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Helitune announces enhanced rotor tuning algorithm

25th March 2013 - 15:09 GMT | by The Shephard News Team


Helitune has developed a new algorithm to reduce the damaging and potentially harmful blade vibrations in helicopter rotors. The work was conducted in association with the University of Bristol as part of one of the Technology Strategy Board’s (TSB) Knowledge Transfer Partnership (KTP) projects.

The current process of Rotor Track and Balance (RTB) for helicopters usually involves many hours of test flights and painstaking mechanical adjustments. The KTP project aims to develop novel RTB techniques, enabling helicopter operators to minimise vibration, reduce operating costs and improve safety and reliability. The project has resulted in the development of the Minimum Flight Routine (MFR) algorithm.

Based on research work carried out at Bristol University, the MFR is a next-generation algorithm, which allows multi-adjustments for RTB, processing in-flight data and generating a set of mechanical adjustments to bring the rotor within acceptable vibration levels. This streamlined process reduces the number of dedicated flights required to perform RTB and return an aircraft to a serviceable state (from circa 8-9 flights to 4-5 flights), offering a cost-effective, more accurate way to minimise damaging helicopter vibration.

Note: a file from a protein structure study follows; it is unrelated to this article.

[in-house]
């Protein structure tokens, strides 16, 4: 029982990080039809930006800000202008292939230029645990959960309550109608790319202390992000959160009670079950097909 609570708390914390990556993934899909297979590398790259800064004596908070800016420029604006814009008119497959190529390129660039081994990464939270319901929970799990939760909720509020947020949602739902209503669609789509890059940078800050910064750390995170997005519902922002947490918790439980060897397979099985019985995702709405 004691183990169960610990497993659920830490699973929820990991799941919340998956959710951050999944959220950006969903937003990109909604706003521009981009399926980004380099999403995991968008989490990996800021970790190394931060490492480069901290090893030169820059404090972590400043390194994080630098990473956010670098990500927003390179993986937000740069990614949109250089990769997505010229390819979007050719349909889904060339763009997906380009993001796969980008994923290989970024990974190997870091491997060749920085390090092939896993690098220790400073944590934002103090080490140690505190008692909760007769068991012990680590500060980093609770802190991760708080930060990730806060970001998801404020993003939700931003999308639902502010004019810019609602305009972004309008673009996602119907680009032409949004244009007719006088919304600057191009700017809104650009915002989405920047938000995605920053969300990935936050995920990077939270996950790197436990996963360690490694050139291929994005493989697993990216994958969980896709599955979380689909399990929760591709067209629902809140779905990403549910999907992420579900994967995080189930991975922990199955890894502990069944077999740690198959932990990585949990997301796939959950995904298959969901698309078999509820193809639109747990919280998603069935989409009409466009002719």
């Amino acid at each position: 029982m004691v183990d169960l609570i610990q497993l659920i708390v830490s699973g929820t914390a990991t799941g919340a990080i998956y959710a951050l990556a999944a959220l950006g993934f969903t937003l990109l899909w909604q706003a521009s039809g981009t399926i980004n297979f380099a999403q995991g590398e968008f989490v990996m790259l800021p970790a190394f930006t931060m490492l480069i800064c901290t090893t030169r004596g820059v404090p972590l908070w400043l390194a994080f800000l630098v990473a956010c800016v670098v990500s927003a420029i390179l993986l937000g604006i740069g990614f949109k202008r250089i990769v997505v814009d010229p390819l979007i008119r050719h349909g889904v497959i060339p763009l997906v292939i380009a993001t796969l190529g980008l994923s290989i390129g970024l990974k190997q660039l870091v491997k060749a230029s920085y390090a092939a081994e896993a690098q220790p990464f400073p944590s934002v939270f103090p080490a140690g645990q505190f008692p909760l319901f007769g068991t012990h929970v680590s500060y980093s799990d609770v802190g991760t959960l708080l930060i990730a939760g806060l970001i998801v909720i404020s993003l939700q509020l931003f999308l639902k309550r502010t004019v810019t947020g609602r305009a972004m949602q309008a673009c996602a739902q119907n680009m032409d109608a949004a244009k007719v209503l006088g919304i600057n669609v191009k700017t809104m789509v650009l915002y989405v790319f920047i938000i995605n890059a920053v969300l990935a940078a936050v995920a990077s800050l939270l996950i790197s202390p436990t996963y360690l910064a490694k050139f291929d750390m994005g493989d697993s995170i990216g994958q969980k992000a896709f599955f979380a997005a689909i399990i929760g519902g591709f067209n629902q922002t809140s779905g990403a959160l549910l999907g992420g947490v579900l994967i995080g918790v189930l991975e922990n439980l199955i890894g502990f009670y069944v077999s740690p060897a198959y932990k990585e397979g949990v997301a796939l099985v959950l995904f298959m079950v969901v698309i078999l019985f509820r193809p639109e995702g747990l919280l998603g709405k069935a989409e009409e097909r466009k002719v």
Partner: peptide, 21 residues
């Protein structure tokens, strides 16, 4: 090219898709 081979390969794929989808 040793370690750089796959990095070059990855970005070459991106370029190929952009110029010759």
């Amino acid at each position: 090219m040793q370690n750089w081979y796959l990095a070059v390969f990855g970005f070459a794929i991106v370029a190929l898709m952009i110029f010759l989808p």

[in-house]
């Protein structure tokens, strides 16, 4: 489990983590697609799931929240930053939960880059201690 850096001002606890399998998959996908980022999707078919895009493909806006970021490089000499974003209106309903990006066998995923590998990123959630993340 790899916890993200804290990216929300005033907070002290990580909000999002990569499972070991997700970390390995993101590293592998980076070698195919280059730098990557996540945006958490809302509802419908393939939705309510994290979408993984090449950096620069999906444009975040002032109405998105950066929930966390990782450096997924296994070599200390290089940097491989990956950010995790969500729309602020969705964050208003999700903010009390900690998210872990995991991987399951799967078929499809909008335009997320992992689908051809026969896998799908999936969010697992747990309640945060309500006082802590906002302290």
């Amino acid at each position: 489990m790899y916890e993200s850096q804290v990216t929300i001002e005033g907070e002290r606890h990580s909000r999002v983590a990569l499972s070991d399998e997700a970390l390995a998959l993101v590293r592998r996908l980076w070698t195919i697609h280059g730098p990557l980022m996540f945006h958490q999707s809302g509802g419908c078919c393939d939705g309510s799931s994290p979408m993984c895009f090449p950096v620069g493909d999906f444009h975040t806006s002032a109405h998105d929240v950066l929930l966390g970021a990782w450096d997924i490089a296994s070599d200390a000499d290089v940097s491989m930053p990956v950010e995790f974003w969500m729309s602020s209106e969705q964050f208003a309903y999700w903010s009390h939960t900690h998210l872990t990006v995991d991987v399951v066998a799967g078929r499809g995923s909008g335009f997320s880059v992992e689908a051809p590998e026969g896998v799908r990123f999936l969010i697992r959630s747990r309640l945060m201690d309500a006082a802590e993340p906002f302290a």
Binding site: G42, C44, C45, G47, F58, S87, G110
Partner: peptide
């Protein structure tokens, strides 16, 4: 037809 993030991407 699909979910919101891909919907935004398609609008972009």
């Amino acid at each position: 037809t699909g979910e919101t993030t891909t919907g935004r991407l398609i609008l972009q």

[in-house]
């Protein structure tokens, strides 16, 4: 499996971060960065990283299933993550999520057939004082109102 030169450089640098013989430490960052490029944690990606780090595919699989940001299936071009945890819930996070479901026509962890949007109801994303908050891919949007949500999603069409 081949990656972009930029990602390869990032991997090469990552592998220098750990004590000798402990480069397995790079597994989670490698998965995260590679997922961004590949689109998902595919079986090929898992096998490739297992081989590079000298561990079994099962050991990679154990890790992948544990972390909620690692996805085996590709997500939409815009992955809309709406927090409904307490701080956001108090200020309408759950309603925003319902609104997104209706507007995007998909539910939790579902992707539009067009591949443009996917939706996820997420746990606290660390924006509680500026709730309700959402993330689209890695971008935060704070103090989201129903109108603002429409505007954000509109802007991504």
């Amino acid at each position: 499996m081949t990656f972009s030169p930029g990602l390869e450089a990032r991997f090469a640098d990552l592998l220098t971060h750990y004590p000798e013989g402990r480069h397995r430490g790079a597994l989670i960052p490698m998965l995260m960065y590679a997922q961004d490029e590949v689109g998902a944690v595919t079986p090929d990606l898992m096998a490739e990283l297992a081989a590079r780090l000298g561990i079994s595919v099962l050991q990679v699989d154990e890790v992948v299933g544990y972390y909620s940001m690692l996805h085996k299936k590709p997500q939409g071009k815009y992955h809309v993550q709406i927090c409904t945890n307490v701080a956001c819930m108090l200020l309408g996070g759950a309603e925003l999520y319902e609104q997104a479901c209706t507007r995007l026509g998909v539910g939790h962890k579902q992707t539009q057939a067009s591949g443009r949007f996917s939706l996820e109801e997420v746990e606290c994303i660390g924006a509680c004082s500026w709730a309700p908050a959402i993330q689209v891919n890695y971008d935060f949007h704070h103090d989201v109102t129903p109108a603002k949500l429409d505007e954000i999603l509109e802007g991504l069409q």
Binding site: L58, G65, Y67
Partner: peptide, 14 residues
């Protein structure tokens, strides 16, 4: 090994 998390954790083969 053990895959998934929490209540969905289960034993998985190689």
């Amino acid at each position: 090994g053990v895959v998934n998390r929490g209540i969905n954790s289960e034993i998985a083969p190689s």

Prof. Nick Lieven of Bristol University said: ‘This KTP project really demonstrates the benefits that can be realised by academia and industry coming together to resolve complex engineering problems. The University of Bristol has benefited by being able to take research originally completed some 15 years ago, applying it to a real-life scenario, providing the opportunity to understand the variable factors that influence helicopter vibrations under real-world operating conditions and ultimately producing tangible, visible results that can be applied and exploited within the industry.’

The project has developed and deployed the MFR technique across Helitune’s entire product range, and the company plans to further develop the technology for its new product range.

The Shephard News Team


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